Frederick M. (Frederick Madison) Allen.

Total dietary regulation in the treatment of diabetes online

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by different observers several months apart, is now distinctly subnormal in size.
The superficial veins of the abdomen are becoming prominent. The diagnosis
of cirrhosis seems evident, progressing through the hypertrophic to the atrophic
stage. This has not suppressed the diabetes and dietary care should not be
remitted, but the most rigorous measures appear unnecessary. The frequency of
pancreatitis in connection with cirrhosis of the liver is worthy of investigation.


Female, married, age 48 yrs. Italian; housewife. Admitted July 23, 1914.

Family History. — Indefinite. Patient is ignorant of any special disease in
family. (Husband, short and obese, is said to have developed mild diabetes
siince this patient's discharge.)

Past History. — Very healthy life. Patient keeps house for her husband and
four children. Six children died young, perhaps because of tenement conditions.
One of those living is mentally defective. Menses regular up to 1 year ago,
absent since. She drinks four glasses of beer, one cup of coffee, and one cup of
tea a day. Other habits are those of an industrious poor Italian woman.

Present Illness. — Patient was admitted on the pneumonia service on July 23,

Physical Examination. — ^A short, slightly obese woman with sturdy peasant
appearance, and normal on physical examination except for consoHdation and
pther signs of pneumonia of right lower lobe. The urine showed heavy sugar and
ferric chloride reactions, though there had been no former complaints indicating


Treatment was conducted first by the pneumonia service of the hospital. The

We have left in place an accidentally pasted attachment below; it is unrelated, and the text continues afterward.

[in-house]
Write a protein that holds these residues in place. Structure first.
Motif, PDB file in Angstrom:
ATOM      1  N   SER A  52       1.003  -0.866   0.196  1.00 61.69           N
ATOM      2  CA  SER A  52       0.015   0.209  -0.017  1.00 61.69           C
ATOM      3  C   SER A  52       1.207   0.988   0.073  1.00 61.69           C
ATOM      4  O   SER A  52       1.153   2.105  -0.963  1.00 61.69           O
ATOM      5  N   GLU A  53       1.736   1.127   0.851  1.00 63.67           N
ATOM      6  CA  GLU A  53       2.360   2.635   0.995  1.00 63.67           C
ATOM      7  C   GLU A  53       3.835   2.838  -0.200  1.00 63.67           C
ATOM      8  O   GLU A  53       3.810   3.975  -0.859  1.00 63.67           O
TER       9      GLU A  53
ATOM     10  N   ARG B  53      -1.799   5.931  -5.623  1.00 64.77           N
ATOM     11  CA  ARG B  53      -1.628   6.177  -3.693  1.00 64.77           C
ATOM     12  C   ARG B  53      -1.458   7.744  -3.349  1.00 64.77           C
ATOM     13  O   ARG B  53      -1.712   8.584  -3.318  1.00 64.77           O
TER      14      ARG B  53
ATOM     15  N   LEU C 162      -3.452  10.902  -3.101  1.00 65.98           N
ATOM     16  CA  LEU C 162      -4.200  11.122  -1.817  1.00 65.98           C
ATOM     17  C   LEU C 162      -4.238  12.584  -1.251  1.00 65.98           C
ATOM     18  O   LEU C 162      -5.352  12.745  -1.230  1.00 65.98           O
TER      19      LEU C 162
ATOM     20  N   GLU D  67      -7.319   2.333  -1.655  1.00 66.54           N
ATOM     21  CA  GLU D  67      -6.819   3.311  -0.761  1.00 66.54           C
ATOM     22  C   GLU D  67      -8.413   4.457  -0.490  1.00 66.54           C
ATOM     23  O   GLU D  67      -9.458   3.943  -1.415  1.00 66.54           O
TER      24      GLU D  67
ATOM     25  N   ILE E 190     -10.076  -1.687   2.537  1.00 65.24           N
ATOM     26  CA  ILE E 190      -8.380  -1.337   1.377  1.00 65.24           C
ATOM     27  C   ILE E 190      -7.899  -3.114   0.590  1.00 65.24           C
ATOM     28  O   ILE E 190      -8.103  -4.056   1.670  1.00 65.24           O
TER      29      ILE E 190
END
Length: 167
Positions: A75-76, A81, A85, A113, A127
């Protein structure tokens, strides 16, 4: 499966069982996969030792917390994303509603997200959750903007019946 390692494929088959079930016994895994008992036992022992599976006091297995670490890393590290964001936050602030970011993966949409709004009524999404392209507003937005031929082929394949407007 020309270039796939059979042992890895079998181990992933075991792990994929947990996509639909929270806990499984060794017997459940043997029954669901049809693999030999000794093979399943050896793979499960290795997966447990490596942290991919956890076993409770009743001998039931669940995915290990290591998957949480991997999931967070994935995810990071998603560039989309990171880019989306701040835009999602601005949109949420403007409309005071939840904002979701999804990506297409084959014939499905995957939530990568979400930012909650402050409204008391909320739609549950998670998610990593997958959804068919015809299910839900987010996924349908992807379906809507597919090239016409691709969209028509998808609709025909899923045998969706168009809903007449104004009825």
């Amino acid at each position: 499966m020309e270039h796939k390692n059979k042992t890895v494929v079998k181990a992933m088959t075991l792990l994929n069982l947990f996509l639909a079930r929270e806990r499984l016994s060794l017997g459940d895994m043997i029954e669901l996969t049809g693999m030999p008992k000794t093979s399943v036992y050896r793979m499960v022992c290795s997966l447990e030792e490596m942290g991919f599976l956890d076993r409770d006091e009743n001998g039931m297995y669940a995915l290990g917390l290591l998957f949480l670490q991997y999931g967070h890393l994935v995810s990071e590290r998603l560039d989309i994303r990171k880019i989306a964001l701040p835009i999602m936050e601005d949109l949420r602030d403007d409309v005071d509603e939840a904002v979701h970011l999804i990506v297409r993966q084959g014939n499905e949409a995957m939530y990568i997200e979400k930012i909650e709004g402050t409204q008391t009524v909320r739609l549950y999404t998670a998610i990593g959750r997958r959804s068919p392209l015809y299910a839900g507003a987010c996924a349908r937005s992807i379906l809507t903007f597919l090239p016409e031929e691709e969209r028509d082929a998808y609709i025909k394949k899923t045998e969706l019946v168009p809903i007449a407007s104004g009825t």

temperature fell by lysis on the 5th, 6th, and 7th days, and on July 31 the signs
in the right chest had cleared up and the patient was turned over to the diabetic

During the period of pneumonia the diet consisted of oranges and egg-nogs
with whisky and cream, the caloric intake being about 1400 to 1600, as shown
in the graphic chart. Glycosuria and ketonuria remained heavy during this
time as indicated, but there were no symptoms threatening coma.

Diabetic treatment was begun on Aug. 1 with fasting, with addition of whisky
because of the convalescent condition. She thus received about 600 calories of
alcohol daUy until Aug. 7 to 8. She was a very unwilling patient during this
time, having been content to stay in the hospital during the pneumonia, but now
that she felt well, she was determined to go home to her babies. She had never
heard of diabetes and was accordingly unwilling to be treated. Her husband was
'of equally ignorant type, but fortunately he and certain relatives had seen a
few deaths from diabetes and comprehended the necessity of dietetic treatment.
Accordingly she consented to remain until completion of treatment. On Aug.
8, green vegetables were added to the whisky and gradually increased until on
Aug. 14 they represented 80 gm. carbohydrate. The next day one egg was
given, Aug. 17 two eggs, Aug. 18 three eggs, Aug. 19 four eggs, and the next
■day 100 gm. fish were added. A ration was thus gradually buUt up amount-
ing to some 1400 to 1700 calories, with 100 gm. carbohydrate and almost the
same quantity of protein. This seemed to be an adequate but not excessive
diet for her body weight of 54 kg., and it was tolerated without glycosuria
or ketonuria. She received several days' instruction in the diet kitchen in the
preparation of her food. She was not required to weigh it, but was ordered to
take the same kinds and quantities at home as she had been receiving in the

Acidosis.— A small point is noteworthy regarding the effect of alcohol. On
fasting with whisky the ferric chloride reaction became absent on Aug. 3, and
the glycosuria the next day. With continuance of 600 calories of alcohol daily,
the ferric chloride reaction reappeared on Aug. 6. 600 calories of alcohol there-
fore did not suffice to keep it absent. It cleared up on Aug. 13 in consequence
of the addition of green vegetables to the whisky, about 50 gm. carbohydrate in